Public Organization Review

, Volume 10, Issue 1, pp 49–70

The Cultural Dimension of Metagovernance: Why Governance Doctrines May Fail

Article

DOI: 10.1007/s11115-009-0088-5

Cite this article as:
Meuleman, L. Public Organ Rev (2010) 10: 49. doi:10.1007/s11115-009-0088-5

Abstract

National cultures often reflect a preference for one of the ideal-types hierarchical, network or market governance. A comparison of four similar policy cases in the UK, the Netherlands, Germany and the European Commission reveals that successful public managers under certain conditions are able to construct and design productive mixtures of the three styles. They applied metagovernance, a process of designing and managing situationally optimal combinations of the three competing, and to an extent mutually undermining, governance styles. Their national cultures and politico-administrative traditions co-determined the governance mixture which would work in a given situation. The research reinforces the case already made by others, that governance doctrines cannot be transferred as ‘best practices’ from one nation to another without adaptation. The article suggests that the future does not lie in inventing new management and governance doctrines, but in investing in post-dogmatic public management.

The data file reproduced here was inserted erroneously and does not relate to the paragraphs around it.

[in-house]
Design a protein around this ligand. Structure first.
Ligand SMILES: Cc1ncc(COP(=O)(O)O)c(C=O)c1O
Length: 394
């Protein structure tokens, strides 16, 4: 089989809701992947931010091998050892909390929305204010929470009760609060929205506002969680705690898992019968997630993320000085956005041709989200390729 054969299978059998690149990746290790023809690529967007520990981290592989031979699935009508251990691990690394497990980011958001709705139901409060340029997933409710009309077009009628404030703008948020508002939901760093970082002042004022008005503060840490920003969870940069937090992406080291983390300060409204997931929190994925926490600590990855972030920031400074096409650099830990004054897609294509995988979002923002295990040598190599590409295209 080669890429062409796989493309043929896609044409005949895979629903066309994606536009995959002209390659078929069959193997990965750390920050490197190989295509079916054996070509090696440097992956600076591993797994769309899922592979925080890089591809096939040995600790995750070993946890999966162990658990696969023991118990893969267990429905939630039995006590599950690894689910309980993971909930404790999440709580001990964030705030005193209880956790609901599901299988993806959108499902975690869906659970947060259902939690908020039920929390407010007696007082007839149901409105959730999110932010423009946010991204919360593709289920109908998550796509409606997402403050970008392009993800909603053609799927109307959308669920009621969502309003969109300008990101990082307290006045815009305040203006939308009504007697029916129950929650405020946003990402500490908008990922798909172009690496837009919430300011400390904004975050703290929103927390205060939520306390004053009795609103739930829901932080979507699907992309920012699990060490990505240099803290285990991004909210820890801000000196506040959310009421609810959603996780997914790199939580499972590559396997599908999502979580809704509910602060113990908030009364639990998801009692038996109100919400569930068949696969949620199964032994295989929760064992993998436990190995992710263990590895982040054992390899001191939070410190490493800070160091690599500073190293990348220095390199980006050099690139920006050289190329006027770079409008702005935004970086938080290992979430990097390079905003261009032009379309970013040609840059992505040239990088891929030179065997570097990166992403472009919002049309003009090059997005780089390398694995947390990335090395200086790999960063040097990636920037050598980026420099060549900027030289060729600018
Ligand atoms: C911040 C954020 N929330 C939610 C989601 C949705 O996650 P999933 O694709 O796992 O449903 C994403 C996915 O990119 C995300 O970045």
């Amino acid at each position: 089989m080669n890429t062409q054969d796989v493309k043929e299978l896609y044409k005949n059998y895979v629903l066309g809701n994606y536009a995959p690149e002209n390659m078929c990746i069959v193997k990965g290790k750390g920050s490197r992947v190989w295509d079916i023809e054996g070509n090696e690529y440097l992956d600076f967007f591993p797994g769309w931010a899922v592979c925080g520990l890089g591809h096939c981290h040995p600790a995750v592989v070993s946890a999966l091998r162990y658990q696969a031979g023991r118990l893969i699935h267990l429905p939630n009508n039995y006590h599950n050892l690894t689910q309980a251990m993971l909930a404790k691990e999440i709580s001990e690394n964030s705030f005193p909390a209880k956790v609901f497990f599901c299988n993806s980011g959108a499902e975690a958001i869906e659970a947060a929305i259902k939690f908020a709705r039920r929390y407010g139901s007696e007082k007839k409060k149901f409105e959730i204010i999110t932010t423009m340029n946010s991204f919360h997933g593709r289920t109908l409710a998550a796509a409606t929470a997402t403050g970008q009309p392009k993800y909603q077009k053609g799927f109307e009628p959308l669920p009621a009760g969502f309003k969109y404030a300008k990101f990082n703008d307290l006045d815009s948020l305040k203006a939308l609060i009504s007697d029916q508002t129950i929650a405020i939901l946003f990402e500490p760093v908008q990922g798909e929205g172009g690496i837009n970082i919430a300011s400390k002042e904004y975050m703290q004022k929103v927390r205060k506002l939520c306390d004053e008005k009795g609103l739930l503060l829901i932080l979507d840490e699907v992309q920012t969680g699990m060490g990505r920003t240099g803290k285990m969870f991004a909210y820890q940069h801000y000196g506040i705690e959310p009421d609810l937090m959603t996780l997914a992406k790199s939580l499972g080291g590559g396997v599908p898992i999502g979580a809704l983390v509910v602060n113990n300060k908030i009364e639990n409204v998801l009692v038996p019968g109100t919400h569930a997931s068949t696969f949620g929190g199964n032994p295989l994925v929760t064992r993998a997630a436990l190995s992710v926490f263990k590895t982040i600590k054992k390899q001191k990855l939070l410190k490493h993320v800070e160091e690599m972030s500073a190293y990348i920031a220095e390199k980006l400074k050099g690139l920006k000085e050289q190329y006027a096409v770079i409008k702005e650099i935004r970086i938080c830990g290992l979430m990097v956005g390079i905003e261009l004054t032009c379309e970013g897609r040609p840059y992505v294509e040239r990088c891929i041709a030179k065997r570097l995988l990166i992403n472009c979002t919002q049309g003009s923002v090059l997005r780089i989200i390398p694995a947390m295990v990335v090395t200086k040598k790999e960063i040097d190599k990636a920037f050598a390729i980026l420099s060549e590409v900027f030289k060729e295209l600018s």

Keywords

Metagovernance Culture Governance styles Hierarchical governance Network governance Market governance 

Copyright information

© Springer Science+Business Media, LLC 2009

Authors and Affiliations

  1. 1.Advisory Council for Research on Spatial Planning, Nature and the Environment (RMNO)The HagueThe Netherlands

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